Let me assure you, my Salisbury Steak is good old-fashioned comfort food, not like the TV dinner version with painted-on "grill marks" or like the school lunch version I avoided throughout elementary school.

    What is one of your favorite comfort food meals when life has gotten hectic or stressful?


    Salisbury Steak - Classic Comfort Food / www.delightfulrepast.com

    If you like it, please Pin it and share it!
      

    Salisbury Steak


    (Makes 8 servings)

    The Steaks

    2 pounds (32 ounces/ grams) lean ground beef (organic and grass-fed, if possible)
    1 cup fresh breadcrumbs (about 3 slices/3.5 ounces/99 grams good sourdough or white bread)
    2 large eggs
    2 tablespoons ketchup
    2 teaspoons dry mustard
    1 teaspoon salt
    1/2 teaspoon coarsely ground black pepper
    1/2 teaspoon marjoram
    1/2 teaspoon Worcestershire sauce
    1 tablespoon unsalted butter
    1 tablespoon extra virgin olive oil

    The Gravy

    1 small (4 ounces/113 grams) yellow onion, thinly sliced
    1/2 pound (8 ounces/227 grams) mushrooms, sliced
    1/4 teaspoon salt
    1/4 teaspoon coarsely ground black pepper
    1 quart (32 fluid ounces/946 ml) lower sodium beef broth
    2 tablespoons ketchup
    1 teaspoon Worcestershire sauce
    2 tablespoons cornstarch mixed with 1/4 cup (2 fluid ounces/59 ml) water

    1 In medium bowl, mix together ground beef, breadcrumbs, eggs, ketchup, dry mustard, salt, pepper, marjoram and Worcestershire sauce. Using 2/3-cup measuring cup, divide mixture into 8 equal portions and shape into oval patties about 5 inches long and 3/4 inch thick.

    2 Heat (I mean really heat!) a large skillet*, add butter and oil, and brown the steaks well (I mean really well!) over medium-high heat, about 5 minutes on each side. Transfer steaks to a plate and pour all but about 2 tablespoons of the fat from the pan. Do not clean it or scrape it! Add the onion and cook over medium heat, stirring frequently and scraping up the tasty brown bits in the pan, until soft and golden, about 5 minutes. Add mushrooms (and a little more butter or oil, if needed) to the pan, and sprinkle with the salt and pepper. Cook, over medium heat, stirring frequently, until tender, about 5 minutes.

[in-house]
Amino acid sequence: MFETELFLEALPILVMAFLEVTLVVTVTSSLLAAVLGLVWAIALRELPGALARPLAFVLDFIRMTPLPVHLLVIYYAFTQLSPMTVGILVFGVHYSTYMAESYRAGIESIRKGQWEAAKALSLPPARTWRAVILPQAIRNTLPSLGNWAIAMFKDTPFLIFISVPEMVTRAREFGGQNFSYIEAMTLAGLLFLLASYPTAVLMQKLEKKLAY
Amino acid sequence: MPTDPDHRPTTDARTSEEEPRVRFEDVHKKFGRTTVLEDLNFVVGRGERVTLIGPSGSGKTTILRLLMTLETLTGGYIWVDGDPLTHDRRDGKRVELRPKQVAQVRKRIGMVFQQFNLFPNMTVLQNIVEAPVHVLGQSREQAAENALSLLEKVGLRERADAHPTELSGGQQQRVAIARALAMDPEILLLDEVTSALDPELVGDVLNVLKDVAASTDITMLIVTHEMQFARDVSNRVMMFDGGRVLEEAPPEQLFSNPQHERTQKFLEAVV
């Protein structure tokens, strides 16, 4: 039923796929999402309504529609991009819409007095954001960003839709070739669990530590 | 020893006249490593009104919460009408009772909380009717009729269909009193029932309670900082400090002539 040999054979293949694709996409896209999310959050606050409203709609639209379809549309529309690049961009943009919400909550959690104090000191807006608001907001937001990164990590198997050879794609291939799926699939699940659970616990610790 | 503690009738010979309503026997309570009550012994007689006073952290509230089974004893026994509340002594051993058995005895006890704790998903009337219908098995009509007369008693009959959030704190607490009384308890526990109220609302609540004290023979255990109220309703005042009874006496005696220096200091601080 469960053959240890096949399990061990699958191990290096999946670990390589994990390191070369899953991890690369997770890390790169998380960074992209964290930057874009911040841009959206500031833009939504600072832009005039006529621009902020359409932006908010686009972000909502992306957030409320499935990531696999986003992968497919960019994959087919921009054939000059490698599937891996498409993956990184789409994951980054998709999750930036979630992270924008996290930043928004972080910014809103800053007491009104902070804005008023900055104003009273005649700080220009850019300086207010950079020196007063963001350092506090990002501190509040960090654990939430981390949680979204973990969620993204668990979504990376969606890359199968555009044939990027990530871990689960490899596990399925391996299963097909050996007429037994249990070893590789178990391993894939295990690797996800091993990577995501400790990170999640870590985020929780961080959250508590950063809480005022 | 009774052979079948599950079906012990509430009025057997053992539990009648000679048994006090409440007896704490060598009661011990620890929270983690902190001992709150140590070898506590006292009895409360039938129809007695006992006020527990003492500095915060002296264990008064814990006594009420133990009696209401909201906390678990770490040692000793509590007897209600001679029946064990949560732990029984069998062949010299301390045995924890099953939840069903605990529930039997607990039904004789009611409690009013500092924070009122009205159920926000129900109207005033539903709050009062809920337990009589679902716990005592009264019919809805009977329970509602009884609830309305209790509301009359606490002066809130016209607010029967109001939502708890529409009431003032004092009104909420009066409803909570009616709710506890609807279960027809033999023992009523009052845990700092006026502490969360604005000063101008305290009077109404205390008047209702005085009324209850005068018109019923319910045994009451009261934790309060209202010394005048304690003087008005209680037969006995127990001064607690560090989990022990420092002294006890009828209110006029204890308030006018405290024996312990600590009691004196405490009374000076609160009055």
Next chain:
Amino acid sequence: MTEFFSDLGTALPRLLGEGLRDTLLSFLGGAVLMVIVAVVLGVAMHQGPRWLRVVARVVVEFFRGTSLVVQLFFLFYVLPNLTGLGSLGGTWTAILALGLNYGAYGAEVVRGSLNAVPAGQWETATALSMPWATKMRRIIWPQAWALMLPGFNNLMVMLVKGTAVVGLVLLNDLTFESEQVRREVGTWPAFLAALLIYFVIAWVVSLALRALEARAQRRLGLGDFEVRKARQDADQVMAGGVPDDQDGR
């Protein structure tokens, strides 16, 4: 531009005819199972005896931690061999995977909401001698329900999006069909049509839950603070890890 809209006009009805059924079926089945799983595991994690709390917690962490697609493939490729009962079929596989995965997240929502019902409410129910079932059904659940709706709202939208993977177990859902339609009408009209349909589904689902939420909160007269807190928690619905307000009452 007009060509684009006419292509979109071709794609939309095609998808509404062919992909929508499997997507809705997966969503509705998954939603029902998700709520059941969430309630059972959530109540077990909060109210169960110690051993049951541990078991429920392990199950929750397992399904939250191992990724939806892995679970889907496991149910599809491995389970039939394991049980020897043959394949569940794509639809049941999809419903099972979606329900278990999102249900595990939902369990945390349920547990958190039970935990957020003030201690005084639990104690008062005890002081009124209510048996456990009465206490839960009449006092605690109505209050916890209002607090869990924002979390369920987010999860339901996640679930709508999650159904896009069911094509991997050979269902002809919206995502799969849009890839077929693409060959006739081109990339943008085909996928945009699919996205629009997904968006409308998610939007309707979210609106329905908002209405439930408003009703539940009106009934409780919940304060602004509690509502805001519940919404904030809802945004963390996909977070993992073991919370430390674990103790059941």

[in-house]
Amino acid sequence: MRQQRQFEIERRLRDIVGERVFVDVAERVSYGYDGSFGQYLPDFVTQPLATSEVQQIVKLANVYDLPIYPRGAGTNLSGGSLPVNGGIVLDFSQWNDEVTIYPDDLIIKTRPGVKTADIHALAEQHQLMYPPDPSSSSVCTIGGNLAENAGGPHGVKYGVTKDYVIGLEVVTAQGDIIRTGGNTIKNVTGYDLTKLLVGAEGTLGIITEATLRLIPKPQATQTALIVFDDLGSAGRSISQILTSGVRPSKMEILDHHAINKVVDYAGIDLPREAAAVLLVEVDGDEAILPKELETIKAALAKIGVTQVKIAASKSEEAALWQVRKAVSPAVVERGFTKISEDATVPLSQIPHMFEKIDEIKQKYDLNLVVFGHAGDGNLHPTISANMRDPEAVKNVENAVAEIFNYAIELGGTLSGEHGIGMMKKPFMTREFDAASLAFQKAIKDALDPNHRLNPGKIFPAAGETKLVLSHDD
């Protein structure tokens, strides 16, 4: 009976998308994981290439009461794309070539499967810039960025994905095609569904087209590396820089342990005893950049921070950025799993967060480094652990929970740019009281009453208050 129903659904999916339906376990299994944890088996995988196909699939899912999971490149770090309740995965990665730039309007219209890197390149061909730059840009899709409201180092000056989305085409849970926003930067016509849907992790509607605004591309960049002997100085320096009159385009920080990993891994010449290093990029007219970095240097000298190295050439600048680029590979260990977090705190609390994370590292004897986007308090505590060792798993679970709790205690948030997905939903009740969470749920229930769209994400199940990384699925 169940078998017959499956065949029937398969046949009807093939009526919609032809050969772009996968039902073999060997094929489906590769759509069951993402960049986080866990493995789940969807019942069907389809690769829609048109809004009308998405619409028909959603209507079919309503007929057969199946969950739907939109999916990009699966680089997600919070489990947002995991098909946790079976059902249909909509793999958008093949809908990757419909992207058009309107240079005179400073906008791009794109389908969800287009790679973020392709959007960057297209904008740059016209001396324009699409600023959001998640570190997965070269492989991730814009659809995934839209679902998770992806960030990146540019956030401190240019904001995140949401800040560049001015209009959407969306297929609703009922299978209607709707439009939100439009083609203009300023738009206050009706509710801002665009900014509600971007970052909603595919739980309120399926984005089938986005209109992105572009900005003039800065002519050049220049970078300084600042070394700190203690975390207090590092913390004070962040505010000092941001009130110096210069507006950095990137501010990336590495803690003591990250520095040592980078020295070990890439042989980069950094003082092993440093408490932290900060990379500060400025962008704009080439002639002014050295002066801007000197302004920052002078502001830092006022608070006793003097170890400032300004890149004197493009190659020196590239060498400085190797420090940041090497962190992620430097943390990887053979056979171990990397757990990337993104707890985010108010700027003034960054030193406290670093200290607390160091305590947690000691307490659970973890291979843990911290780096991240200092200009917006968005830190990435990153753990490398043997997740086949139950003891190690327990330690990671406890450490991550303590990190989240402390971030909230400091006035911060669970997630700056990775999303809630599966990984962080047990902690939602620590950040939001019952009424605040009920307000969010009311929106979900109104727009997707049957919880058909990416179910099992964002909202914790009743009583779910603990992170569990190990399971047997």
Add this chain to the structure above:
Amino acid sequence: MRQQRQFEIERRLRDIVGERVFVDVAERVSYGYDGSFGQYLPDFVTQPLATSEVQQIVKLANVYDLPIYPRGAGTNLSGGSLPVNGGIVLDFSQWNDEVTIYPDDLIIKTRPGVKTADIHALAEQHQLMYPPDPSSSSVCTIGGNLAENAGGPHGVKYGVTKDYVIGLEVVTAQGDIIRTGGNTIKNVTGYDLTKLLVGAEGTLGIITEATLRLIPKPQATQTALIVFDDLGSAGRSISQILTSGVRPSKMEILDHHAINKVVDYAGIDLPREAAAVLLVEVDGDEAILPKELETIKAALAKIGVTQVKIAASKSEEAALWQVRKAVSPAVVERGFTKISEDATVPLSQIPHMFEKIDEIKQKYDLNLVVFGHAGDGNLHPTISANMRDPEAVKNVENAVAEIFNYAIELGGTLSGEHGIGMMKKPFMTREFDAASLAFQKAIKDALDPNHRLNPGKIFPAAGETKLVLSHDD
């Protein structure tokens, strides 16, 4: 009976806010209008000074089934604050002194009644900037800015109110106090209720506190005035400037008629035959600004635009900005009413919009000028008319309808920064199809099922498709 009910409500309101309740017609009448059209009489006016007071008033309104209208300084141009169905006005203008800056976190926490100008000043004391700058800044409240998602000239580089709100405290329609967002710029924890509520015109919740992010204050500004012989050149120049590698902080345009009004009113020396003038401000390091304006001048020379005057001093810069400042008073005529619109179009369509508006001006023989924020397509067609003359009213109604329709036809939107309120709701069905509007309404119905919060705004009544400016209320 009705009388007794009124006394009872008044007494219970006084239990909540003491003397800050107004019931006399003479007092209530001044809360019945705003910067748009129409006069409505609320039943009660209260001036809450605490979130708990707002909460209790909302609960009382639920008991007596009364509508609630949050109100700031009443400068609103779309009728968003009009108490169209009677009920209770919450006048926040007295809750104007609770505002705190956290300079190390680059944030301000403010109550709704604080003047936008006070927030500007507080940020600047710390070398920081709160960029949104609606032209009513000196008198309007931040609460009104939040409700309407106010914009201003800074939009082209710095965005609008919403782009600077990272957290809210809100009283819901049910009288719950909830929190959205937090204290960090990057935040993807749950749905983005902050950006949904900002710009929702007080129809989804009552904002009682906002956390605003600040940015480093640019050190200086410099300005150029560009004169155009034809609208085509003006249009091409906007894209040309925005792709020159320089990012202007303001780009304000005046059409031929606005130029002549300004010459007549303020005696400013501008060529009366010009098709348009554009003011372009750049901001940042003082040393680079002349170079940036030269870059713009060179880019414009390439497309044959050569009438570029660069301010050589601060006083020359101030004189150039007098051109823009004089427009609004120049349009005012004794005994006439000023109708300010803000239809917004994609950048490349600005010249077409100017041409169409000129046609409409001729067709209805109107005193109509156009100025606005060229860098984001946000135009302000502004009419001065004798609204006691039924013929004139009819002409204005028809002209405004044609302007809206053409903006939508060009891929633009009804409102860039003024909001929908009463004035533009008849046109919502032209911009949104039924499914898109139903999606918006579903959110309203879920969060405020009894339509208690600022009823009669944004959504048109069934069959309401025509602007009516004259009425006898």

* I use this All-Clad 6-Quart Saute Pan (12-inch, 2.75 inches deep, straight sides). Being stainless steel with no nonstick coating, you can get it really hot to put a brown crust on things. I can't imagine that my gravy would have turned out so beautifully brown if the steaks hadn't been browned really well, leaving fabulous fond in the pan. And its straight sides mean a large surface area for cooking.

    3 Add beef broth, ketchup and Worcestershire sauce to skillet. Mix well, bring to a boil. Reduce heat and stir in cornstarch mixture. When sauce begins to bubble and thicken, add steaks back to pan. Cover loosely and simmer for about 15 minutes, stirring occasionally, to heat through. When 2 or 3 minutes remain, taste and adjust seasoning.

    4 If you're making meals for two for the freezer, put 2 steaks in each of 4 Pyrex 3-cup rectangular storage dishes, use a slotted spoon to divide the mushrooms between the 4 dishes, then divide the sauce between the four dishes. Put the lids on and allow them to cool for 1 hour, then transfer them to the refrigerator until they are thoroughly chilled before placing them in the freezer.

    Disclosure: We are a participant in the Amazon Services LLC Associates Program, an affiliate advertising program designed to provide a means for us to earn fees by linking to Amazon .com and affiliated sites. We are a ThermoWorks affiliate, earning a small commission at no cost to you on purchases made through our links. This helps cover some of the costs of running the blog. Thank you for your support.

    Jean

    If you liked this post, please Pin it and share it! 

    30 June 2022

    Apricot Upside-Down Cake

    Apricot Upside-Down Cake / www.delightfulrepast.com

    Apricot upside-down cake, especially this one made with almond meal (also called almond flour or, in the UK, ground almonds) and just a dash of almond extract, is the perfect midsummer dessert. If you don't eat almonds, simply replace the almond meal with an equal measure of flour and leave out the almond extract. 

    Apricots and almonds have an affinity for each other, so unless you're allergic to almonds I hope you'll try it. Just don't increase the amount of almond extract as it can be quite overpowering. As you know, I appreciate subtlety rather than being slapped in the face by heavy-handed flavors. 

    As I poured the batter into the pan, I was regretting putting "plus 2 tablespoons milk," thinking the cake was going to be too light to support the apricots. I needn't have worried. The cake didn't collapse even a smidge when I turned it upside down and lifted the pan away. 

    Summer fruit is just about the only thing I like about summer! How about you? I hope you're having a super summer!



    Apricot Upside-Down Cake / www.delightfulrepast.com

    If you like it, please Pin it and share it!


    Apricot Upside-Down Cake 


    (Makes one 8-inch/20 cm cake, 8 servings) 

    3 tablespoons (1.5 ounces/43 grams) unsalted butter, melted
    6 packed tablespoons (2.625 ounces/74 grams) dark brown sugar
    10 smallish apricots, halved and pitted
    3/4 dip-and-sweep cup (3.75 ounces/106 grams) unbleached all-purpose flour
    1/3 packed cup (1.75 ounces/51 grams) almond meal or finely ground almonds
    2/3 cup (4.67 ounces/132 grams) sugar
    2 teaspoons non-GMO baking powder
    1/2 teaspoon salt
    1/4 teaspoon mace or 1/8 teaspoon nutmeg
    5 tablespoons (2.5 ounces/71 grams) unsalted butter, room temperature
    1/2 cup plus 2 tablespoons (5 fluid ounces/148 ml) milk, room temperature
    1 teaspoon vanilla extract